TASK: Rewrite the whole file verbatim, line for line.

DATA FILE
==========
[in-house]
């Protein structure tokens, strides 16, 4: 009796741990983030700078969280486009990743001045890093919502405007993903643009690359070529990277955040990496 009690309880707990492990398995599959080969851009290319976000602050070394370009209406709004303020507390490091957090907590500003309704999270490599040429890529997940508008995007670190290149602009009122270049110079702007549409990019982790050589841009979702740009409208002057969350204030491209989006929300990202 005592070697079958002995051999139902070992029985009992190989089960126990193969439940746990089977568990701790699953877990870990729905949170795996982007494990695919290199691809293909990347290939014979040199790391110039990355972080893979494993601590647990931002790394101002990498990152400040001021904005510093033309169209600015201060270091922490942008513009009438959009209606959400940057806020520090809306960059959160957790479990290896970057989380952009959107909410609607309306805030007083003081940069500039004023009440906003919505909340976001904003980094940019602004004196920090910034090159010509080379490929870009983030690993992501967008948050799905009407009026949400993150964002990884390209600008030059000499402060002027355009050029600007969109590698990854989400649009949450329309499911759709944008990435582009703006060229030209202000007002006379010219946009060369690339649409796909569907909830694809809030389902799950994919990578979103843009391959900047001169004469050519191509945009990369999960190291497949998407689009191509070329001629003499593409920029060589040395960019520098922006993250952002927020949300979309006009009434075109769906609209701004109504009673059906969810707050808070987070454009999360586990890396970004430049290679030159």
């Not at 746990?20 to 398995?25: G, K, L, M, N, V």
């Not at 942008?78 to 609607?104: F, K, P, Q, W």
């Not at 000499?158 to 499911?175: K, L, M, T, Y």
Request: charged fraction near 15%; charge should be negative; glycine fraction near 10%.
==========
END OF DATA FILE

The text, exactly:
[in-house]
């Protein structure tokens, strides 16, 4: 009796741990983030700078969280486009990743001045890093919502405007993903643009690359070529990277955040990496 009690309880707990492990398995599959080969851009290319976000602050070394370009209406709004303020507390490091957090907590500003309704999270490599040429890529997940508008995007670190290149602009009122270049110079702007549409990019982790050589841009979702740009409208002057969350204030491209989006929300990202 005592070697079958002995051999139902070992029985009992190989089960126990193969439940746990089977568990701790699953877990870990729905949170795996982007494990695919290199691809293909990347290939014979040199790391110039990355972080893979494993601590647990931002790394101002990498990152400040001021904005510093033309169209600015201060270091922490942008513009009438959009209606959400940057806020520090809306960059959160957790479990290896970057989380952009959107909410609607309306805030007083003081940069500039004023009440906003919505909340976001904003980094940019602004004196920090910034090159010509080379490929870009983030690993992501967008948050799905009407009026949400993150964002990884390209600008030059000499402060002027355009050029600007969109590698990854989400649009949450329309499911759709944008990435582009703006060229030209202000007002006379010219946009060369690339649409796909569907909830694809809030389902799950994919990578979103843009391959900047001169004469050519191509945009990369999960190291497949998407689009191509070329001629003499593409920029060589040395960019520098922006993250952002927020949300979309006009009434075109769906609209701004109504009673059906969810707050808070987070454009999360586990890396970004430049290679030159």
């Not at 746990?20 to 398995?25: G, K, L, M, N, V």
């Not at 942008?78 to 609607?104: F, K, P, Q, W």
């Not at 000499?158 to 499911?175: K, L, M, T, Y």
Request: charged fraction near 15%; charge should be negative; glycine fraction near 10%.